Available from: Jose Ignacio Fernandez
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ABSTRACT: Background: The use of transumbilical approach for sleeve gastrectomy has been recently reported, using different technique variations. Aim: To report the technique and surgical results of a transumbilical approach simplified sleeve gastrectomy, using rigid instruments. Material and Methods: Ninety four women and six men, selected by a multidisciplinary team, underwent transumbilical sleeve gastrectomy. The operative technique involved a transumbilical incision, introduction of a SILS® or GelPoint® multiport, and a 5mm metallic accessory trocar laterally in the left flank. Rigid instruments were used in all patients. The greater curvature was dissected from 4-5 cm above the pylorus to the angle of His. Gastric transection was completed with a stapler, and calibrated with a 36 French tube advanced through the pylorus. Hemostasis of the staple line was carried out with metallic clips. A barium swallow was performed in ten randomly chosen patients, confirming the correct tubular shape of the stomach. Results: Body mass index of operated patients ranged from 30 to 43 kg/m2. Mean operative time was 56.4 ± 16.7 minutes. During the early postoperative period, two patients had a hemoperitoneum, one had an antral leak and one had an intestinal perforation. No conversion to conventional laparoscopy or open technique was required. No patient died. The mean length of hospital stay was 2.3 ± 0.5 days. The cosmetic result was satisfactory for all patients. Conclusions: Transumbilical sleeve gastrectomy is a safe and feasible procedure with the reported technique. The insertion of an accessory 5mm trocar in the left flank simplifies the procedure, allowing the use of rigid instruments.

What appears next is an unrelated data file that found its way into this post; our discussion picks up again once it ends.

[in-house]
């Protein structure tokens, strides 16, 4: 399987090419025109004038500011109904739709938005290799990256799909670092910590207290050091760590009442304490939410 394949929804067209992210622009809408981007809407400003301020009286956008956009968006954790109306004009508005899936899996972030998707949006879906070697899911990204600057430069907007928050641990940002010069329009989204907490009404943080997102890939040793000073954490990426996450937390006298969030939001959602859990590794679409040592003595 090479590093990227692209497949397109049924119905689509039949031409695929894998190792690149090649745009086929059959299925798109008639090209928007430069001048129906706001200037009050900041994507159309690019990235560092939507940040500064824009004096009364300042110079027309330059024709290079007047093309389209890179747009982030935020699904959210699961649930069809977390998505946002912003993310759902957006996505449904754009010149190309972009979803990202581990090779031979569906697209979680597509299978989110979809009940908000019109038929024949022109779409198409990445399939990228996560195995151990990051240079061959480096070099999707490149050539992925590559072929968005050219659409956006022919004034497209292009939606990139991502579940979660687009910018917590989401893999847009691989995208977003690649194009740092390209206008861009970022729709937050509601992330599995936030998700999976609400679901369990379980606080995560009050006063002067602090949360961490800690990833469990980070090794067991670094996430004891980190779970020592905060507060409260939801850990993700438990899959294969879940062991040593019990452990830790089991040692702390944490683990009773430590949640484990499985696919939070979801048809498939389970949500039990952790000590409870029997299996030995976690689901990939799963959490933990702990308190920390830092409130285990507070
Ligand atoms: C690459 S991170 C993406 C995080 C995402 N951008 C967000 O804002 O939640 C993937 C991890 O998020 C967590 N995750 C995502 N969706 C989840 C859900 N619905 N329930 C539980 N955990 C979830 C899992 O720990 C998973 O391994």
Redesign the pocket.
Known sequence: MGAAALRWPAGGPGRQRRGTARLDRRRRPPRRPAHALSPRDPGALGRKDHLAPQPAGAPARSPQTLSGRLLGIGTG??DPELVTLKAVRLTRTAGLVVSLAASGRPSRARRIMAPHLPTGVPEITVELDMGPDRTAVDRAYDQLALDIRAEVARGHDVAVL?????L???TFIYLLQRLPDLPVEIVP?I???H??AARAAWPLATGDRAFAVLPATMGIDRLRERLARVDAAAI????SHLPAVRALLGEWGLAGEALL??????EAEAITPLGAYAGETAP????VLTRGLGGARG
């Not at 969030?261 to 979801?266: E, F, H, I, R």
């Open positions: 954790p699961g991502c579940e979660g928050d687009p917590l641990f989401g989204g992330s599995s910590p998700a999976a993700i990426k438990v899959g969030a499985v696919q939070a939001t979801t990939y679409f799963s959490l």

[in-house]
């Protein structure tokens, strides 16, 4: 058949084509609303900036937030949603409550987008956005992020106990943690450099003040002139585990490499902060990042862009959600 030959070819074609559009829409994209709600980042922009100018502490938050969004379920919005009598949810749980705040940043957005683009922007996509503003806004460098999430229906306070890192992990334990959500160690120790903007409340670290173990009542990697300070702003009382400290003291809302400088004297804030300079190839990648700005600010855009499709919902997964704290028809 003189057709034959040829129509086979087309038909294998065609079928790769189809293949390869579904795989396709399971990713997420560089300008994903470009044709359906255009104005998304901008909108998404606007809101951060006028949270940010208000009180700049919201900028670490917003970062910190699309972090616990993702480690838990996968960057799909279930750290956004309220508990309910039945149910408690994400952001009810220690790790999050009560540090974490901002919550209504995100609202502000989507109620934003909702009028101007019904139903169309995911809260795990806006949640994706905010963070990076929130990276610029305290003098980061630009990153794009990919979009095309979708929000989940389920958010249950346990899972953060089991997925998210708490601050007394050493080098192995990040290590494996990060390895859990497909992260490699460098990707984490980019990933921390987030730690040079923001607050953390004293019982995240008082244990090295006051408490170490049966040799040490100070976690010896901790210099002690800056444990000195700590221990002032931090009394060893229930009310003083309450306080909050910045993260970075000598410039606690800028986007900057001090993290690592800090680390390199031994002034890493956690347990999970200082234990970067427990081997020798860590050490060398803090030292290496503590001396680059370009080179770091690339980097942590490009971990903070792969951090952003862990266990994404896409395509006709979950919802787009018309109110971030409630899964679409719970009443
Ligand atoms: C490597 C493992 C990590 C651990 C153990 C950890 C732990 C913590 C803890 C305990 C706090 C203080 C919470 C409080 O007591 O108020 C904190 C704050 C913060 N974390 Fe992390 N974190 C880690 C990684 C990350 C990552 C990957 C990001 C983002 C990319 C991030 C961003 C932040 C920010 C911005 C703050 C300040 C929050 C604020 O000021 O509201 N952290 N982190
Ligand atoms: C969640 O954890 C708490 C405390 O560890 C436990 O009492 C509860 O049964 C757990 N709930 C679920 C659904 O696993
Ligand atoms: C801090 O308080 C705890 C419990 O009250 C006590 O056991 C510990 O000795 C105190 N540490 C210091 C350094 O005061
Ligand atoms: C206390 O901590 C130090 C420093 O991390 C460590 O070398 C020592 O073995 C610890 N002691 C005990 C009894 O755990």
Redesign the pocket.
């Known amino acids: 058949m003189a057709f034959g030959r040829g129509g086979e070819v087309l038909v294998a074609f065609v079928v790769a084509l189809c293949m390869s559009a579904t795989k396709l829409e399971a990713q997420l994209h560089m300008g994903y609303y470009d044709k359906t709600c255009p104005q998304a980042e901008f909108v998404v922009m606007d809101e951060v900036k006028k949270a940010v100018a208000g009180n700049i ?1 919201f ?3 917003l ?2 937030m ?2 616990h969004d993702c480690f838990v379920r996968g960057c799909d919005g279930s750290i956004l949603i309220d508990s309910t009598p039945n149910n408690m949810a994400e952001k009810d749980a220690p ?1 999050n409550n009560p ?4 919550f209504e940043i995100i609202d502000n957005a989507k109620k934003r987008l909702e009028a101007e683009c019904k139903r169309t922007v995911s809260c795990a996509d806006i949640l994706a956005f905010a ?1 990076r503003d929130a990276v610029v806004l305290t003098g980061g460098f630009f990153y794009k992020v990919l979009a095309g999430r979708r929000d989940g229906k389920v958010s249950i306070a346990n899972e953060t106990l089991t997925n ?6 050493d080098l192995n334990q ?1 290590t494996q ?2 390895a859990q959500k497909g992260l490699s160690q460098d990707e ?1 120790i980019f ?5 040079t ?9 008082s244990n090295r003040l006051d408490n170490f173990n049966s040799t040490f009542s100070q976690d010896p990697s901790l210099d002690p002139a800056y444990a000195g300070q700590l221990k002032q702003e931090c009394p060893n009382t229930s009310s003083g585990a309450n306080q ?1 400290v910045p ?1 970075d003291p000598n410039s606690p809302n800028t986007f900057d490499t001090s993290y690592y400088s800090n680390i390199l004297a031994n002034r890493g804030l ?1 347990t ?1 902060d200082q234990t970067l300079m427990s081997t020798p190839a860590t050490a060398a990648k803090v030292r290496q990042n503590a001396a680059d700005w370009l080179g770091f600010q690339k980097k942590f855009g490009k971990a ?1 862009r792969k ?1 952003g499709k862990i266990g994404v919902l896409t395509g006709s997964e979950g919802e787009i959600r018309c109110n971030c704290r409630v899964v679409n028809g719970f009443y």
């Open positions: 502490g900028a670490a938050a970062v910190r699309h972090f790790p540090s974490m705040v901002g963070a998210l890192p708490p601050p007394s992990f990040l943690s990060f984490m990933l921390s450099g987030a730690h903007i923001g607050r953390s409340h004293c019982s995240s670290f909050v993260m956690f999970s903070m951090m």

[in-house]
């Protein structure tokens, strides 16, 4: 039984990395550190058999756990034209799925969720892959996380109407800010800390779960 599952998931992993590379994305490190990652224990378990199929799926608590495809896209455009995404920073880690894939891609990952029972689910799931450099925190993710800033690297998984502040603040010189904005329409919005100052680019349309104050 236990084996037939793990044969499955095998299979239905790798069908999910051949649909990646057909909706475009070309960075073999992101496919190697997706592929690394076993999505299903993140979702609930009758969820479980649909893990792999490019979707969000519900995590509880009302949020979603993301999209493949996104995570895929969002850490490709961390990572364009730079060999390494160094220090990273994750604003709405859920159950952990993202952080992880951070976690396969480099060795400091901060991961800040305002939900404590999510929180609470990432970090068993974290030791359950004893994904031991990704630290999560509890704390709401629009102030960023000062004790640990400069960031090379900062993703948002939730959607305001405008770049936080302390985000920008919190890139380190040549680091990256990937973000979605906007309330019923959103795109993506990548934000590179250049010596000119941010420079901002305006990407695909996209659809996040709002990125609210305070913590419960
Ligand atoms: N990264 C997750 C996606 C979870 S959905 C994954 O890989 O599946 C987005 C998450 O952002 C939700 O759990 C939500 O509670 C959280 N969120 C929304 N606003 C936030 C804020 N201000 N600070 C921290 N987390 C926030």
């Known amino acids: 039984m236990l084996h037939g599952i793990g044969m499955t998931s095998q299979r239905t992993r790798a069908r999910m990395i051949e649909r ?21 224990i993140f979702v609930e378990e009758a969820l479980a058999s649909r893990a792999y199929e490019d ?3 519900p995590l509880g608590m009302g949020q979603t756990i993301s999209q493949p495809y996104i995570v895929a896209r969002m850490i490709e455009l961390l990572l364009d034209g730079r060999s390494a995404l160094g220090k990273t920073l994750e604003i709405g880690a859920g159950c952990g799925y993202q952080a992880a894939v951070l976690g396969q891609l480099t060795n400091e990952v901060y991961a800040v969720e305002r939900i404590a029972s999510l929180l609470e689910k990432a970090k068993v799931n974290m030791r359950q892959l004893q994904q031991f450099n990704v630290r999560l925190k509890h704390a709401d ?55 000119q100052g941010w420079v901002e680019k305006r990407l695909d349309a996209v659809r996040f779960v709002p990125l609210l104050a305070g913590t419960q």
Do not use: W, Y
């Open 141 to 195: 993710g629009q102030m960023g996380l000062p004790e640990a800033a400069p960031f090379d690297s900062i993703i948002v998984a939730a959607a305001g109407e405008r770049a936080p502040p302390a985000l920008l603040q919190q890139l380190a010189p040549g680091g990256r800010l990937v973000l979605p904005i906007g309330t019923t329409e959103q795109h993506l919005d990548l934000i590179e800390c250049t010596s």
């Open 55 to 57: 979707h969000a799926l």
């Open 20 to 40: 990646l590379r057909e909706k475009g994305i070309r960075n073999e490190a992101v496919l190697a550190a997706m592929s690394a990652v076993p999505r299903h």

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Acute small bowel obstruction (SBO) is a common cause of emergency hospital admission, often requiring surgical intervention. Herein, we describe the single-incision laparoscopic surgery (SILS) procedure for the management of SBO in the acute care setting.
Patients and methods:
Patients with intestinal obstruction who underwent SILS in Chang Gung Memorial Hospital, Linkou, Taiwan, from January 2010 to January 2012 were retrospectively analyzed. Informed consent was obtained from all patients. Demographic information, intraoperative findings, surgery duration, and conversion to multi-incision laparoscopic surgery (MILS) were recorded. Postoperative records included the recovery period after surgery, complications, length of hospital stay, and final prognosis.
Ten SILS procedures for the repair of SBO were performed (six women, four men; median age, 52 years [range, 28-89 years]). Only 1 patient (10%) required conversion to MILS. The median operative time was 140 minutes (range, 90-210 minutes), median time to resume oral intake was 3 days (range, 1-7 days), median time to ambulation was 3 days (range, 1-6 days), and median postoperative hospital stay was 7.5 days (range, 3-14 days). There was no mortality in this series. All patients were discharged uneventfully. The umbilical incision was nearly invisible at the 1-month follow-up. The median follow-up time was 13.5 months (range, 4-26 months). No incisional hernias or adhesions were observed.
SILS for SBO is a feasible, safe procedure that can be performed as initial treatment in select patients with bowel obstruction through resection and decompression of the small bowel using intra- or extracorporeal techniques, resulting in a nearly invisible scar.